New Survey Reports Millennials Drink Well, Eat Poorly

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NYC Food & Drink Editor

The good folks from Eau Claire Distillery, a spirits producer near Calgary in Canada, recently surveyed more than 1,000 Americans about their eating and drinking habits. Some of the responses gave us some, um, food for thought.
The great news, Eau Claire Distillery tells us, is that the craft distilling industry seems poised for a major boom. Most survey respondents, Eau Claire says, say they ask for specific brands of liquor when ordering a drink at a bar or restaurant, and nearly 70 percent ask for or prefer “craft” spirits—small-batch spirits made by artisanal methods. They aren’t just ordering shots of whiskey, either: 70 percent of survey respondents said they like cocktails, and 85 percent of those generally drink between one and three cocktails a week. (Which seems low, actually. Your drinks editor, who takes her job very seriously, averages that many per night. Don’t tell her doctor.)
“The survey’s findings made it clear that American drinkers have a clear preference for craft spirits, and the pent-up demand is quite similar to what we saw prior to the craft beer boom,” says David Farran, the founder of Eau Claire Distillery. “We expect the craft distilling industry to see immense growth, mirroring the trajectory of the craft beer industry. Americans like their cocktails and they value knowing where their spirits come from and how they were made, from seed to sip.”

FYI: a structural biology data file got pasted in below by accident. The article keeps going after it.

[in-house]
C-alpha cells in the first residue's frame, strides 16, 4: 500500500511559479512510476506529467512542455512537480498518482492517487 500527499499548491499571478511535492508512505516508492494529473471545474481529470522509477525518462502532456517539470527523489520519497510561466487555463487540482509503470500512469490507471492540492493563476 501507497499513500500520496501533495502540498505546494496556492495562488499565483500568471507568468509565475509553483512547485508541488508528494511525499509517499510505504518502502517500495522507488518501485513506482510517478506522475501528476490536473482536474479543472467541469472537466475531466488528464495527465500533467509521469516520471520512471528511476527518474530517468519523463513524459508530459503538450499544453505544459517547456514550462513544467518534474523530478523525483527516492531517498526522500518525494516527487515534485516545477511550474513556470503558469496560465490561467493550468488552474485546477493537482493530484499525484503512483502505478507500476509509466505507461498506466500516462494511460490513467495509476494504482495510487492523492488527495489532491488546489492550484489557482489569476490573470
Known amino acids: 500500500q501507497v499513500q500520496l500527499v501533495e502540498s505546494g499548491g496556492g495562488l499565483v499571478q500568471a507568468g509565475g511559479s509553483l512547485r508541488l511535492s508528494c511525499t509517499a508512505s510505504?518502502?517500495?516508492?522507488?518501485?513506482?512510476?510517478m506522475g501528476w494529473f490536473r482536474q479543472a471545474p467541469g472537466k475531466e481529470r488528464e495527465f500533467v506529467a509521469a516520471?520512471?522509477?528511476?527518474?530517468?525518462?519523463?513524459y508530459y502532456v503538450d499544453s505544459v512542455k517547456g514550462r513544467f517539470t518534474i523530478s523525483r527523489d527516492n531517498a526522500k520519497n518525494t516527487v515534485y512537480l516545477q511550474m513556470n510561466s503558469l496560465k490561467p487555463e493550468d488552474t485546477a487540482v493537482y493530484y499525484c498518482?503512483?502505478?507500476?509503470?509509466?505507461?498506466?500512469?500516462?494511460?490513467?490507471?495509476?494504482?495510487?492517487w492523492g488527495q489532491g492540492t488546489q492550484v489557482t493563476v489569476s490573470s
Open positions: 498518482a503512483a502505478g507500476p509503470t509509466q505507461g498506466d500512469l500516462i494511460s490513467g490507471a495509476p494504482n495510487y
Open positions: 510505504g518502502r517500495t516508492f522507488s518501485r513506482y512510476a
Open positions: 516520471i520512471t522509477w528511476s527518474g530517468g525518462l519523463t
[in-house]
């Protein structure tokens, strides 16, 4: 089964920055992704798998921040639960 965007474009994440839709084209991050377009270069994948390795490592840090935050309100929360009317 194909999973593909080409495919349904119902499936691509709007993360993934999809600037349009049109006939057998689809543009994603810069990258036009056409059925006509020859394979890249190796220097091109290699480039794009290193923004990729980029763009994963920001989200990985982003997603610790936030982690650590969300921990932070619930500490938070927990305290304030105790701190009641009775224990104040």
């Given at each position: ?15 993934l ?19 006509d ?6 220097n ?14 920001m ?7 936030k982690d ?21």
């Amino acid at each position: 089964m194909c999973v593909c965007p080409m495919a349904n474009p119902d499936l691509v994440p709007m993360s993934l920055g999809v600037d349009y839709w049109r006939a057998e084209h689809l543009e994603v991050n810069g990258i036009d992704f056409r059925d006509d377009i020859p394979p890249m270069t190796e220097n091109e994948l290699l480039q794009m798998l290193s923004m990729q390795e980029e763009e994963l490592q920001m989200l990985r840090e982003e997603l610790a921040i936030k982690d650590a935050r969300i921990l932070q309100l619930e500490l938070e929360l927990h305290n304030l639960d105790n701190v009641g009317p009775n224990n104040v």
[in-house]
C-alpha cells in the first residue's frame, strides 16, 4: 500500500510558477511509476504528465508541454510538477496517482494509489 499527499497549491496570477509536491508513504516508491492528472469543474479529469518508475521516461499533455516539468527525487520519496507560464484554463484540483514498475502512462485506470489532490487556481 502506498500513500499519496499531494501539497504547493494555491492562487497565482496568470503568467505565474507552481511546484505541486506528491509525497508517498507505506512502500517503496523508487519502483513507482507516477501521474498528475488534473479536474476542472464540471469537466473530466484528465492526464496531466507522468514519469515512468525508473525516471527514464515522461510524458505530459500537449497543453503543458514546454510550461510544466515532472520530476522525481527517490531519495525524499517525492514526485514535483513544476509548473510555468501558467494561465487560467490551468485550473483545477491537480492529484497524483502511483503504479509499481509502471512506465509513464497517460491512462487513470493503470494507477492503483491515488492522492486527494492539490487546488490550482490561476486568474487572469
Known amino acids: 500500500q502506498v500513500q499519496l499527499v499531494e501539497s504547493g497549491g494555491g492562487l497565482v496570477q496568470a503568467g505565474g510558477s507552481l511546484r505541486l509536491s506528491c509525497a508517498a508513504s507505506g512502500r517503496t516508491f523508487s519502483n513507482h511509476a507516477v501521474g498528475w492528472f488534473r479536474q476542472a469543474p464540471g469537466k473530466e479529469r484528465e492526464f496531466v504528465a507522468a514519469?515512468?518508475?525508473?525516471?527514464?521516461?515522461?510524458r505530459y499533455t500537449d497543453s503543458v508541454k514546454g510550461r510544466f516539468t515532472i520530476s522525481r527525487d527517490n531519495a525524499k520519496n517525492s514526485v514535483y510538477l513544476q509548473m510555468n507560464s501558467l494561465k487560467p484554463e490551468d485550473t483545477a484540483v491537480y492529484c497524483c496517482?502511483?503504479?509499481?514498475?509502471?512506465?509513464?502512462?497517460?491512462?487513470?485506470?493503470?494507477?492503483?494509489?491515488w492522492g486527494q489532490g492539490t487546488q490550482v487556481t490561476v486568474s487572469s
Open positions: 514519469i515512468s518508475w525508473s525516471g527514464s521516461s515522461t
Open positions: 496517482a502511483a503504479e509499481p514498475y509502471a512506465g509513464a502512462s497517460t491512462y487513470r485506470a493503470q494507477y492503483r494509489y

This is cool, since—not to knock the big brands here, many of which are excellent—it’s great to support smaller spirits producers, many of whom are doing some really creative and interesting stuff.
We’re a little worried about what the survey revealed about the respondents’ approaches to food, though. More than 84 percent said it’s important to know where your food comes from. Which, yes! This is true! And then we were dismayed to see that while 76 percent of Gen Xers said that good ingredients are very important when making food and drinks, just 61 percent of Millennials (those 24 to 36 years old) agreed.
Guys. (And here I’m addressing the 39 percent of you who gave the objectively wrong answer.) Actually… I’m just gonna let a few big-name chefs take this one.
Alice Waters: “Good food can only come from good ingredients.”
Thomas Keller: “If you think about any restaurant, it’s a very simple equation: whether it’s Ad Hoc or Per Se or Daniel, it’s all about the quality of the ingredients and the quality of the execution.”
Tom Colicchio, on how to make the best sandwich: “If you treat a sandwich like a meal, and you put really high-quality ingredients in, then you end up with something really good.”
Eric Ripert, on why he, a French chef, is so into sushi: “In France, the cooking has some similarity to what sushi masters do. It’s ritual, and it has a classic base with maybe a few twists. It’s about quality ingredients and mastering the craft”
So, yeah. Ingredients matter. Go forth and care more. You’ll eat and drink better for it.

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